From 1894 the French government organised competitions for the 1900 Universal Exhibition. This period was to allow them plenty of time to select projects calmly, unlike the process at previous Exhibitions. The traditional area for the Exhibition, the Champ-de-Mars, the Esplanade des Invalides and the Chaillot Hill, was to be extended in 1900 to include the far end of the Champs-Elysées and the banks of the Seine from the Champ-de-Mars to the Invalides.
Defrasse situated the entrance to the exhibition on the Champs-Elysées, in the extended area of the Invalides and the monumental bridge specified in the scheme. On the Esplanade des Invalides the pavilions of the colonies and protectorates were set out in tiers. On the Champ-de-Mars, Defrasse retained the Gallery of Machines but demolished most of the other buildings from the 1889 Exhibition, including the Eiffel Tower. In its place, he proposed this sumptuous Gallery of Nations, crowned with a central dome, finished with two glass exedras. The building was to be used for events organised during the exhibition.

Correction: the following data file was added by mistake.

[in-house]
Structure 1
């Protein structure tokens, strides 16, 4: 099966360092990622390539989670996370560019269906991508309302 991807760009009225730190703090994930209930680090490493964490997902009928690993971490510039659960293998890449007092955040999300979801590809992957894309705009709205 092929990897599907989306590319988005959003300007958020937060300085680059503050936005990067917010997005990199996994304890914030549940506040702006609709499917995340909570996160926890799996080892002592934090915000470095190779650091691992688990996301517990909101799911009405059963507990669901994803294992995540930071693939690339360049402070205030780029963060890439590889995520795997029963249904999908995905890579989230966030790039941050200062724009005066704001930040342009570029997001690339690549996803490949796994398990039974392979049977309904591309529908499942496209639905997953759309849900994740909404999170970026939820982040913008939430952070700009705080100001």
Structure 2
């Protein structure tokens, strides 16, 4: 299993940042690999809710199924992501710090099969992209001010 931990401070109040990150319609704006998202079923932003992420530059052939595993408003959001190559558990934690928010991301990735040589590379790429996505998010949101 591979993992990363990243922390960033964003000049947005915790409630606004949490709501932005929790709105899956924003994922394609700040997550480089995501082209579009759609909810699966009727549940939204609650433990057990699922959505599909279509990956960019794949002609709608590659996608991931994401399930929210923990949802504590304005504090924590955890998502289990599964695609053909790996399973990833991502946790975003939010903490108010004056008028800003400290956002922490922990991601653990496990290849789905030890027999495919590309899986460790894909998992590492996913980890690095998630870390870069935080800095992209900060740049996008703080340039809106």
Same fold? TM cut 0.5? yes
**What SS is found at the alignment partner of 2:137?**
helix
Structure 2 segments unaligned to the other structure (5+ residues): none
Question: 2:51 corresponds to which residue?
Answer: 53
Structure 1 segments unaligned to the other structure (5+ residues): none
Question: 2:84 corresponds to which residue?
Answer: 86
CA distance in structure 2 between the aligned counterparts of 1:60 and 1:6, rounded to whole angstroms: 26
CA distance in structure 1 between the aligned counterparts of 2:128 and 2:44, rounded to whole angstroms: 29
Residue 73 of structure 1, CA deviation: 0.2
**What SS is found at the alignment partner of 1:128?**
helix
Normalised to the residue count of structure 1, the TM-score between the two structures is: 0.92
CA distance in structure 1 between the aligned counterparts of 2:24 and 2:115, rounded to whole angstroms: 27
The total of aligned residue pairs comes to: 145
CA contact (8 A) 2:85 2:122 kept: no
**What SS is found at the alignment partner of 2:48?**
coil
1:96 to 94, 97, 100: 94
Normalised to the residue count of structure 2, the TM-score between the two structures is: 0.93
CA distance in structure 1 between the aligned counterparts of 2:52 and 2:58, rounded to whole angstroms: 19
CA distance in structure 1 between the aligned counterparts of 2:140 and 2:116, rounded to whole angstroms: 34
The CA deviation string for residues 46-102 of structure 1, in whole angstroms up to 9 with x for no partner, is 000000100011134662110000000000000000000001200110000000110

Aware of the problems of linking the different sites and the banks of the Seine, the architect included a port opposite the Gallery. It would be reached via several wide flights of steps. Defrasse decorated the Parisian landscape with Venetian-style gondolas and small boats. In the end, the competition was won by Charles Girault and this beautiful project never saw the light of day.